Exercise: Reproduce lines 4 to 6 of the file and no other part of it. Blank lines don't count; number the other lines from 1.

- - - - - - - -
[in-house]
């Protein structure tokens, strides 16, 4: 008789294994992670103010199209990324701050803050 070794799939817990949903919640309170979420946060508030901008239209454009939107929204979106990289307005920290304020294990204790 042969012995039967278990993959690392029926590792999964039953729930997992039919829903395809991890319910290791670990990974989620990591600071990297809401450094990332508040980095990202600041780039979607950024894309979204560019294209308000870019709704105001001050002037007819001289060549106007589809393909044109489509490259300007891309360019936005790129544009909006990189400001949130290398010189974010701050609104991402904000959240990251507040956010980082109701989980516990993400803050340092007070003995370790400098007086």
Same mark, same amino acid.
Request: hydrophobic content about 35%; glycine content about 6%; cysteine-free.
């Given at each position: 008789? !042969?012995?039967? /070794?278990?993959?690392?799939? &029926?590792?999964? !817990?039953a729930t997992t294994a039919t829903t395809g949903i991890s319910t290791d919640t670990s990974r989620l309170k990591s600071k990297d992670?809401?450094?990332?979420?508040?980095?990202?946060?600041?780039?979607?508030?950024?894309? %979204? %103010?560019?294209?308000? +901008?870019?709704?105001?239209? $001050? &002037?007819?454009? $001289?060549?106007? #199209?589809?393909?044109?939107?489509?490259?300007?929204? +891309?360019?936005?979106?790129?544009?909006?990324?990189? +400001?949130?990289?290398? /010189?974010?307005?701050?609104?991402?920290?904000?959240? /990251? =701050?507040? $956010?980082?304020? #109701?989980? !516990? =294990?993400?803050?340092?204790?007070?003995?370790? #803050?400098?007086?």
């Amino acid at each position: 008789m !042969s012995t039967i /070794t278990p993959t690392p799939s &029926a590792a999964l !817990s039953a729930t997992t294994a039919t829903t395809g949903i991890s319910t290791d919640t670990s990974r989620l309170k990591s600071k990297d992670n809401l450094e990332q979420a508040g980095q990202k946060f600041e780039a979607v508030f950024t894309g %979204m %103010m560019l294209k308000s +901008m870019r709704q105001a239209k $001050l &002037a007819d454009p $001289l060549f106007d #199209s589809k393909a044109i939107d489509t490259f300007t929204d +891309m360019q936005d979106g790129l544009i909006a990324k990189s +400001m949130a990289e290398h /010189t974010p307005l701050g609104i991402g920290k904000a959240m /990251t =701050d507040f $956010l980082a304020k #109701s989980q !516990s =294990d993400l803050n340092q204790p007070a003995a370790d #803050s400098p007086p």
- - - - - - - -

Request: hydrophobic content about 35%; glycine content about 6%; cysteine-free.
């Given at each position: 008789? !042969?012995?039967? /070794?278990?993959?690392?799939? &029926?590792?999964? !817990?039953a729930t997992t294994a039919t829903t395809g949903i991890s319910t290791d919640t670990s990974r989620l309170k990591s600071k990297d992670?809401?450094?990332?979420?508040?980095?990202?946060?600041?780039?979607?508030?950024?894309? %979204? %103010?560019?294209?308000? +901008?870019?709704?105001?239209? $001050? &002037?007819?454009? $001289?060549?106007? #199209?589809?393909?044109?939107?489509?490259?300007?929204? +891309?360019?936005?979106?790129?544009?909006?990324?990189? +400001?949130?990289?290398? /010189?974010?307005?701050?609104?991402?920290?904000?959240? /990251? =701050?507040? $956010?980082?304020? #109701?989980? !516990? =294990?993400?803050?340092?204790?007070?003995?370790? #803050?400098?007086?």
């Amino acid at each position: 008789m !042969s012995t039967i /070794t278990p993959t690392p799939s &029926a590792a999964l !817990s039953a729930t997992t294994a039919t829903t395809g949903i991890s319910t290791d919640t670990s990974r989620l309170k990591s600071k990297d992670n809401l450094e990332q979420a508040g980095q990202k946060f600041e780039a979607v508030f950024t894309g %979204m %103010m560019l294209k308000s +901008m870019r709704q105001a239209k $001050l &002037a007819d454009p $001289l060549f106007d #199209s589809k393909a044109i939107d489509t490259f300007t929204d +891309m360019q936005d979106g790129l544009i909006a990324k990189s +400001m949130a990289e290398h /010189t974010p307005l701050g609104i991402g920290k904000a959240m /990251t =701050d507040f $956010l980082a304020k #109701s989980q !516990s =294990d993400l803050n340092q204790p007070a003995a370790d #803050s400098p007086p």